maintaining producer relationships, although she did fill in at times when needed in the warehouse.

The pricing strategy they used was simple as they applied a standard mark-up on all the producer’s wholesale pricing. There were no other pricing methods used such as

odd-even pricing or target pricing. The only price incentive they offered was periodically putting some items on sale to help move stock. As a home delivery service,

they charged for delivery and were able to make a small profit on that revenue as well.

Their sales averaged about $10,000 per week, which covered about half of its operating budget. The rest of the funds came from a combination of public grants and

loans. Their sales followed a seasonal pattern, mostly affected by the availability of local food elsewhere. In the spring and summer, sales dropped off. Management

believed that the availability of homegrown backyard produce and the popularity of farmers’ markets during those months were the main reason for the slowdown in sales.

In the fall and winter, sales tended to pick back up.

Customers

Understanding their customers and their preferences was considered a top priority for Jessie and the rest of the management team. They developed this profile of their

customer segments, in hopes of appealing to some of them:

Business Case – Published October 2014

1.    Conscious Eaters: those who are conscious of both their own health and their environmental impact.

2.    Modern Women: females over the age of 37 and with a household income of over $120,000.

3.    Mobility Impaired: non-drivers or those that have mobility issues including post-secondary students, those over the age of 65 or those who are infirm.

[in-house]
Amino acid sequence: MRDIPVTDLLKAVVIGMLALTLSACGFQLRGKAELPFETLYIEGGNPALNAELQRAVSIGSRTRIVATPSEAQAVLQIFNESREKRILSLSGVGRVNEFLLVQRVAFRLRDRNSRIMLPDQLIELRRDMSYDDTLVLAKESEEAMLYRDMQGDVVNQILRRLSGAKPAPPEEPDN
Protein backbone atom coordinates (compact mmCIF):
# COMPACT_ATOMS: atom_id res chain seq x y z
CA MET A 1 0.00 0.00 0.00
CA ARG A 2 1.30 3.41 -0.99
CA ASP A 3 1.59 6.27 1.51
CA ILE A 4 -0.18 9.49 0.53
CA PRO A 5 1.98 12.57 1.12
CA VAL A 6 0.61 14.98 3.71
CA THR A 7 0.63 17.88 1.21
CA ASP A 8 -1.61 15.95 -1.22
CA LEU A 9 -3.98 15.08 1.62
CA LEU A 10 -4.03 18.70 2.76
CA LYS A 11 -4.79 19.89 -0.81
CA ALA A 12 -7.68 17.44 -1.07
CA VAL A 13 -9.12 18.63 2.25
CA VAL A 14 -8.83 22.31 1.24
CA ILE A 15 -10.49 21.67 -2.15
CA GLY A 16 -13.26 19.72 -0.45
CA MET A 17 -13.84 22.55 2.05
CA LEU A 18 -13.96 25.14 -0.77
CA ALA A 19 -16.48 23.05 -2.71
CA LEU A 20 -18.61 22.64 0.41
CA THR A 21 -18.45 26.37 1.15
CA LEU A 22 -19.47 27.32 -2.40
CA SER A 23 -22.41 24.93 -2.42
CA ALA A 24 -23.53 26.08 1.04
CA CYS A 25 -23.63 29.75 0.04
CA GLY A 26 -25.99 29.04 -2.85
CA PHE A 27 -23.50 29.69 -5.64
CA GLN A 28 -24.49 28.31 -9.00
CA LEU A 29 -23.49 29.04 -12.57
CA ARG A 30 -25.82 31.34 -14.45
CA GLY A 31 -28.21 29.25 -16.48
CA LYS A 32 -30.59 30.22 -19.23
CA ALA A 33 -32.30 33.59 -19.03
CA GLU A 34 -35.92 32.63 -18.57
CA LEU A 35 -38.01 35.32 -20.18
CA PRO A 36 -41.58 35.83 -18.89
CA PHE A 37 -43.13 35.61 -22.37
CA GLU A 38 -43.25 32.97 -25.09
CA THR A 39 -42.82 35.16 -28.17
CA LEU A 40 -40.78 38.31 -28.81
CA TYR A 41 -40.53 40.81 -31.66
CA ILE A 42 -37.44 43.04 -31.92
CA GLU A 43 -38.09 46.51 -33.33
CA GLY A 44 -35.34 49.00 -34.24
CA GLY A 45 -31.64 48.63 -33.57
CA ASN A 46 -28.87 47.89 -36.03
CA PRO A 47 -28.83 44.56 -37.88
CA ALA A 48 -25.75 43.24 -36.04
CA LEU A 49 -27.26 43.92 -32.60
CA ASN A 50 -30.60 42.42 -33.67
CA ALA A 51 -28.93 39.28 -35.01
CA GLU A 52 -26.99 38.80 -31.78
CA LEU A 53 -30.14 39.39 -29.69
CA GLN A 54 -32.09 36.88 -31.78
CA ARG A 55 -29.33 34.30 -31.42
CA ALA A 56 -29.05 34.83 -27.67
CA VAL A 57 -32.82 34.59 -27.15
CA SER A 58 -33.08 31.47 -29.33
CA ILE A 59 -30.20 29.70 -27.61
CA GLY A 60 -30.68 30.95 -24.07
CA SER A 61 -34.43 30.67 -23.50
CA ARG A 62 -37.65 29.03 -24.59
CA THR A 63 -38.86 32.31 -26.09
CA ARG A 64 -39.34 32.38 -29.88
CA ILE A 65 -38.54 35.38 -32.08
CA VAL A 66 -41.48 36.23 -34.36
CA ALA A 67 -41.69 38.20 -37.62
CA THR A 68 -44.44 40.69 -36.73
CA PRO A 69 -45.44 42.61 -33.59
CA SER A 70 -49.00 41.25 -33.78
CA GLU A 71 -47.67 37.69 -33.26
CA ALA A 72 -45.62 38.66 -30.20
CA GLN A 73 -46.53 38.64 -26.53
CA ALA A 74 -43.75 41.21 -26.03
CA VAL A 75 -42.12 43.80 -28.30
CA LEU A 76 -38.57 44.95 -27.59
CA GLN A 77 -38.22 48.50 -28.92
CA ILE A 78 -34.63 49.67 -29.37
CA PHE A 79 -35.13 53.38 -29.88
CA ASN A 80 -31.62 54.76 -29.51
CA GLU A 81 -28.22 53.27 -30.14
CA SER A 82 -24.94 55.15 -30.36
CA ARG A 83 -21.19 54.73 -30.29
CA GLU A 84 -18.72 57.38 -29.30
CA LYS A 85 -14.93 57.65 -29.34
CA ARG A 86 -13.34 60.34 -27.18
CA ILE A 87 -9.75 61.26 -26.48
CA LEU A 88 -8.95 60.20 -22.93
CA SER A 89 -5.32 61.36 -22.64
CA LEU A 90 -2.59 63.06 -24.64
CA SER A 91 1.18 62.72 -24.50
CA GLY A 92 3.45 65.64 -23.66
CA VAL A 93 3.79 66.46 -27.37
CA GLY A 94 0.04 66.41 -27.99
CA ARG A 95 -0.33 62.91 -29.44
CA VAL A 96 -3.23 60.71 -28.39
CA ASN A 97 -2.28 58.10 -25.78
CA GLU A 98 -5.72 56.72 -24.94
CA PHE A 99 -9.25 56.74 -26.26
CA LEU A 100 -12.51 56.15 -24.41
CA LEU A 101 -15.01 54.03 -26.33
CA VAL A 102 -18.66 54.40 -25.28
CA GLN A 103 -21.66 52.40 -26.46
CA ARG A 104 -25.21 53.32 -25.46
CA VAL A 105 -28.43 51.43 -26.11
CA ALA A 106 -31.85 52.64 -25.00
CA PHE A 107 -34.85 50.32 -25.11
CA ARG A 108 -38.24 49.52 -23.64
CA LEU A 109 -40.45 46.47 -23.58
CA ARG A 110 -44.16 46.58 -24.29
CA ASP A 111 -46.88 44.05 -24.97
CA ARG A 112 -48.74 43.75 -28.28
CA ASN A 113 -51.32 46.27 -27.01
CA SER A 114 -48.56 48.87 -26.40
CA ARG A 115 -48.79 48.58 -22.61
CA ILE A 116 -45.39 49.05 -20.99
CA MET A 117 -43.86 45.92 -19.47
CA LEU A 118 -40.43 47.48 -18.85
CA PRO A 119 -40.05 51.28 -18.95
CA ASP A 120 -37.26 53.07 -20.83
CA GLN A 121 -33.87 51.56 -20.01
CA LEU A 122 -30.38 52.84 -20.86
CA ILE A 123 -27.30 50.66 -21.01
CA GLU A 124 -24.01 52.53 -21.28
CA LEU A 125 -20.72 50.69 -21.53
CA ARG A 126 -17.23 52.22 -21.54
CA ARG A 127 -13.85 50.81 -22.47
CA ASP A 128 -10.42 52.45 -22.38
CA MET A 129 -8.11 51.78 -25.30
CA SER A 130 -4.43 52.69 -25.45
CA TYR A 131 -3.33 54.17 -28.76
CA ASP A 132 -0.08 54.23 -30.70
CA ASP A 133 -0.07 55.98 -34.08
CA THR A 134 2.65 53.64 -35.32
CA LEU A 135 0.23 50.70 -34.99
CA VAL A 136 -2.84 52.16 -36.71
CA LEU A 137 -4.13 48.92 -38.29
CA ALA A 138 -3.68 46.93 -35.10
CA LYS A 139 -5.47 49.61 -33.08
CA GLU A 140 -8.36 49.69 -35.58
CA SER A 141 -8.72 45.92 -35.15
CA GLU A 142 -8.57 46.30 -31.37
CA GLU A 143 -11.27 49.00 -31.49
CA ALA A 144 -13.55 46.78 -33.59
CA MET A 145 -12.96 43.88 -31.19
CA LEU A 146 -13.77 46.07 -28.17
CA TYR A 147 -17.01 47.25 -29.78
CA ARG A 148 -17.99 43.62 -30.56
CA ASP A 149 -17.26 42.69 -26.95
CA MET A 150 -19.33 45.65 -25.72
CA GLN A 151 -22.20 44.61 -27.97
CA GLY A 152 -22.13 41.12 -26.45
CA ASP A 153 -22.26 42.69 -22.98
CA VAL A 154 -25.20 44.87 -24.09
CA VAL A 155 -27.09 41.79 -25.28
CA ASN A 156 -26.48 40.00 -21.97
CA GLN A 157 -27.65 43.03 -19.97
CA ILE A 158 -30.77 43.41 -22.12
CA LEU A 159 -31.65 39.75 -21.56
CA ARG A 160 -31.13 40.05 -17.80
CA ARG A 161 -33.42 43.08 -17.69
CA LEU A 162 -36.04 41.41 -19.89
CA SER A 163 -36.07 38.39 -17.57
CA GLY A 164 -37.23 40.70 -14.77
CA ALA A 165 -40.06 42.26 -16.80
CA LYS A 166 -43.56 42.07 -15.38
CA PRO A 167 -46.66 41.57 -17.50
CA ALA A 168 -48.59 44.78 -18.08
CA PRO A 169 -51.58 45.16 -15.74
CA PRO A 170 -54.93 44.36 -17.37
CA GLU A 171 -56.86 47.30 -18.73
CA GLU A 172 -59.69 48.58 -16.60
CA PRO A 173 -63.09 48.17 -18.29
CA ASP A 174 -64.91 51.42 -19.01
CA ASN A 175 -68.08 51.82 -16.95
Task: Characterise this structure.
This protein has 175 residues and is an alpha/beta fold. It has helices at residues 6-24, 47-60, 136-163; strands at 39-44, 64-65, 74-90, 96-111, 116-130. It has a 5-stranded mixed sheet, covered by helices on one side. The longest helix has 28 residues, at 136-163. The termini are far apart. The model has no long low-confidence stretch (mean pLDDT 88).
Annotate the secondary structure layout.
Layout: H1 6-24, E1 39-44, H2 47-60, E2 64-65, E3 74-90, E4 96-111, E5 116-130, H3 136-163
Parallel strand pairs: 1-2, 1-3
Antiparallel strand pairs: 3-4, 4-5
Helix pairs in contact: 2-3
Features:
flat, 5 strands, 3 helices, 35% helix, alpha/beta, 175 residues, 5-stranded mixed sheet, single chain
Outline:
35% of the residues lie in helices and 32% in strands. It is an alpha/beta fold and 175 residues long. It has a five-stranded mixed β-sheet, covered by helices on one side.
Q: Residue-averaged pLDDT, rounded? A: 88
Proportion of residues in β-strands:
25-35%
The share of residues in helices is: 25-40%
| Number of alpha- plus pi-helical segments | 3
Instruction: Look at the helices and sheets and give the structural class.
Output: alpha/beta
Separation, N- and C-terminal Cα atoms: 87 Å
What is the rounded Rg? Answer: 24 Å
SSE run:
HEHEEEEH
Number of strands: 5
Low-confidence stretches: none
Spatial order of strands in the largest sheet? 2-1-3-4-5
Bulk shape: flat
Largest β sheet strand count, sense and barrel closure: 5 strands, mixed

4.    Busy Bodies: adults who are very busy at work where going to the grocery store or to the farmers’ market is difficult, and appreciate the convenience of the

food delivery to their door.

Moving Forward

With their customer base at half of what they needed to break-even and no clear direction on how to grow their business further, Jessie had to assess which elements of

the Good Food Box to strengthen, which to scale back on, which areas needed more market research, and ultimately, in what direction to take the Good Food Box.

Questions to Consider

1.    What were the opportunities in the market/industry that the Good Food Box could take advantage of?

2.    What were the strengths of the Good Food Box, in terms of internal activities that were under their control?

3.    What were the threats in the market/industry that the Good Food Box needed to be aware of and develop a plan to address?

4.    What were the weaknesses of the Good Food Box, in terms of internal activities that they needed to fix?

5.    From your answers to questions 1-4, which are the most important issues to focus on and why?

6.    What are some of the alternative directions Jessie can consider?

7.    Should Jessie look at a major shift in strategy or minor changes to improve their sales outlook?